Washington, DC—The Animal Welfare Institute, the ASPCA (American Society for the Prevention of Cruelty to Animals), the Humane Society of the United States (HSUS) and the Humane Society Legislative Fund (HSLF) are calling on the US Department of Agriculture (USDA) to end its practice of relicensing chronic violators of the minimum care standards set forth in the Animal Welfare Act (AWA). The USDA is accepting public comments on how to improve its troubling relicensing scheme, which automatically reissues licenses to animal businesses including puppy mills, zoos, and circuses, regardless of whether the business has a history of mistreating animals.
The USDA routinely renews the licenses of businesses with sick or injured animals that have repeatedly failed to provide adequate veterinary care, food, clean water, and protection from the elements. In the case of puppy mills, they are allowed to continue to sell puppies online and in pet stores around the country, regardless of their atrocious conditions or the poor health of the animals, and in some cases, regardless of whether they have even made their properties available for inspection at all. This lax licensing scheme harms not only animals, but people as well. The Centers for Disease Control is currently investigating an outbreak of Campylobacter stemming from sick puppies being sold through Petland, a national pet store chain that acquires its puppies primarily from USDA licensed breeders.
“The USDA continues to hand over licenses to animal businesses that make animals and people sick, enabling animal abusers to operate year after year while the USDA pursues enforcement at a snail's pace,” said Jennie Lintz, director of ASPCA’s Puppy Mills Campaign. “The USDA’s own Office of Inspector General instructed the agency to stop automatically relicensing violators as far back as 1995. We urge the USDA to stop allowing animal businesses to profit from animal suffering.”
“Roadside zoos are notorious for their substandard and unsafe environments that cause their animals great physical and psychological suffering, and expose the public to potential danger,” said Nancy Blaney, AWI’s director of government affairs. “Nonetheless, they get to stay in business because they send in their annual license renewal fee every year. This failure to protect animals and the public has to end.”
The USDA is also accepting public comment on whether AWA-regulated businesses should have to disclose state or local animal cruelty convictions before having their licenses renewed. Disclosure of cruelty convictions is not currently required but should be, as a commonsense way to identify bad actors. Additionally, the USDA is considering whether violators should be able to obtain new licenses using a different name or that of a family member. The department currently allows this, meaning problematic licensees can operate under a new name, even after their license has been taken away.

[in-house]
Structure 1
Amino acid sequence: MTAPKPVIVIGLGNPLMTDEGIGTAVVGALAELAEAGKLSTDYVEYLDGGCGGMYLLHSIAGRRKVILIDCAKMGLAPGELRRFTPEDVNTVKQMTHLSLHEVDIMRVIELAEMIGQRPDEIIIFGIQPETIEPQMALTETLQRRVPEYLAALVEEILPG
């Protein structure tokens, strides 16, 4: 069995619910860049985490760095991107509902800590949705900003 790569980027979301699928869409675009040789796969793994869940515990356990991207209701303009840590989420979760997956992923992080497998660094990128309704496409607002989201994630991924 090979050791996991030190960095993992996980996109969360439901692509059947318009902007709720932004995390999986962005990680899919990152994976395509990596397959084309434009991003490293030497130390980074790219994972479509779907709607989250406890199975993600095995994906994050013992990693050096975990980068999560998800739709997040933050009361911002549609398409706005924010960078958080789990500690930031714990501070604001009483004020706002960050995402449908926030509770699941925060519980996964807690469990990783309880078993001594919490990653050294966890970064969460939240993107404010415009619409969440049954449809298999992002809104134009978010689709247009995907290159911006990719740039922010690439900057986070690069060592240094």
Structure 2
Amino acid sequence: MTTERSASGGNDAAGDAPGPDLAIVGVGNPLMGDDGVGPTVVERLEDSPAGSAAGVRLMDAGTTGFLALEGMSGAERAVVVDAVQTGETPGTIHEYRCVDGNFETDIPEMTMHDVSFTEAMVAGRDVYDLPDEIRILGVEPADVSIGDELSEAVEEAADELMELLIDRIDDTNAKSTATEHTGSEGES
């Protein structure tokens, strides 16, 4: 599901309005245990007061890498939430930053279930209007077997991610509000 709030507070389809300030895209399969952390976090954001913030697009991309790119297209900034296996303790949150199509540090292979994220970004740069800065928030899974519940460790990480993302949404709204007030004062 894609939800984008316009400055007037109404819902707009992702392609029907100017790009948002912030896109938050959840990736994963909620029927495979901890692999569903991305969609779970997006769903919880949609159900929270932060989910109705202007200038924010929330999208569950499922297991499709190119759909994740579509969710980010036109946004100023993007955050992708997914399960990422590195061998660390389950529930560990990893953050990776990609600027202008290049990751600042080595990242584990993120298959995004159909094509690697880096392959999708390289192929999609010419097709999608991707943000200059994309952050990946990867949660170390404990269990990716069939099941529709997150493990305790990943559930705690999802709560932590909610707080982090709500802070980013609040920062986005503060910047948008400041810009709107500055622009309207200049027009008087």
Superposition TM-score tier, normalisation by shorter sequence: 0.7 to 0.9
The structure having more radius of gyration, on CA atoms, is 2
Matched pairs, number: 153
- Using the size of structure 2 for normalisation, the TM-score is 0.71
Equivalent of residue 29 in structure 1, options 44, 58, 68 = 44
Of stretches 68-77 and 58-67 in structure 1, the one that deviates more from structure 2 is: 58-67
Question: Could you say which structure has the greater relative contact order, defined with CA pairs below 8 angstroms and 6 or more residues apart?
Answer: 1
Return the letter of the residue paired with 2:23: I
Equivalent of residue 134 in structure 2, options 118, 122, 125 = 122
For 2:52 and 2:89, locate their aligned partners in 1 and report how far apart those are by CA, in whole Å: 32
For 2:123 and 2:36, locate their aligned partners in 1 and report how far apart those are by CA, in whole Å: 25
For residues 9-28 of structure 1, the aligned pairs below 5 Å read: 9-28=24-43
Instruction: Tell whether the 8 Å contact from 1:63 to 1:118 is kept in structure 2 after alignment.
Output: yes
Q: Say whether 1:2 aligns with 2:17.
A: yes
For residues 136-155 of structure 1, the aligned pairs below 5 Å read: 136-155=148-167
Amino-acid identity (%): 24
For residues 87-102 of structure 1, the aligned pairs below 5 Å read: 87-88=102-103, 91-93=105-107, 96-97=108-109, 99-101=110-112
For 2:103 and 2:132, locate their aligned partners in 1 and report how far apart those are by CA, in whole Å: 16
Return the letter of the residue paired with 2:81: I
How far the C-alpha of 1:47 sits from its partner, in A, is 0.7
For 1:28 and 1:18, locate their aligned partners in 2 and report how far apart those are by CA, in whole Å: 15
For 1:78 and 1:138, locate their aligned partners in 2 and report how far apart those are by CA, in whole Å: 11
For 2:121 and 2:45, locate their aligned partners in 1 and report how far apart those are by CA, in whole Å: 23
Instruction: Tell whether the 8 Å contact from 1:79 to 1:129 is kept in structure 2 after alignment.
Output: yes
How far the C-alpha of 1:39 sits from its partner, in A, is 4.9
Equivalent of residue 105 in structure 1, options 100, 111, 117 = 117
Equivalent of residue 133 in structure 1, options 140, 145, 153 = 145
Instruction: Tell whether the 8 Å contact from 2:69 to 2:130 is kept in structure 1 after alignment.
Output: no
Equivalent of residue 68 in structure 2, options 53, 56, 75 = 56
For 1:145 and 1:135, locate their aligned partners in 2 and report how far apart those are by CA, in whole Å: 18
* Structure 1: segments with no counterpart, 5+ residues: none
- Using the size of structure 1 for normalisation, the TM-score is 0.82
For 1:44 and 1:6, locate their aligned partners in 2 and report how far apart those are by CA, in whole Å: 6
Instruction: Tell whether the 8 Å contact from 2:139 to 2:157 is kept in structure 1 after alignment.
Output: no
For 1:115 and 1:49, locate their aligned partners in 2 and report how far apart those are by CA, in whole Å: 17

“We commend the USDA for recognizing that the rules must be strengthened to stop animal abusers from repeatedly skirting the law,” said John Goodwin, Senior Director of the Stop Puppy Mills Campaign for the HSUS. “The agency’s ability to prevent animal mistreatment is severely undermined when problem dealers are allowed to renew a license, or simply drop a noncompliant license and then obtain a new one under a relative's name or a new business name. The HSUS urges all animal lovers to comment online or write to the USDA before October 23 in support of commonsense rules that will help to ensure that licensees are meeting the requirements of the Animal Welfare Act as Congress originally intended. Everyone who cares about the welfare of dogs and other animals should add their voice and support them."
The USDA is accepting public comment until October 23. To submit a comment to the USDA, telling it to stop automatically renewing licenses of businesses that don’t comply with minimum care standards required under the Animal Welfare Act, please visit http://www.congressweb.com/awi/182/.
Amey Owen, (202) 446-2128, firstname.lastname@example.org
About the Animal Welfare Institute
The Animal Welfare Institute (www.awionline.org) is a nonprofit charitable organization founded in 1951 and dedicated to reducing animal suffering caused by people. AWI engages policymakers, scientists, industry, and the public to achieve better treatment of animals everywhere – in the laboratory, on the farm, in commerce, at home, and in the wild. For more information, visit www.awionline.org.
About the ASPCA
Founded in 1866, the ASPCA® (American Society for the Prevention of Cruelty to Animals®) was the first animal welfare organization in North America and continues to serve as the nation’s leading voice for animals. More than two million supporters strong, the ASPCA is committed to its mission of providing effective means for the prevention of cruelty to animals throughout the United States. As a 501(c)(3) not-for-profit corporation, the ASPCA is a national leader in the areas of anti-cruelty, community outreach and animal health services. For more information, please visit www.ASPCA.org, and be sure to follow the ASPCA on Facebook, Twitter, and Instagram.
About the Humane Society of the United States
The Humane Society of the United States is the most effective animal protection organization, as rated by our peers. For more than 60 years, we have celebrated the protection of all animals and confronted all forms of cruelty. We and our affiliates are the nation’s largest provider of hands-on services for animals, caring for more than 150,000 animals each year, and we prevent cruelty to millions more through our advocacy campaigns. Read about our more than 60 years of transformational change for animals and people. HumaneSociety.org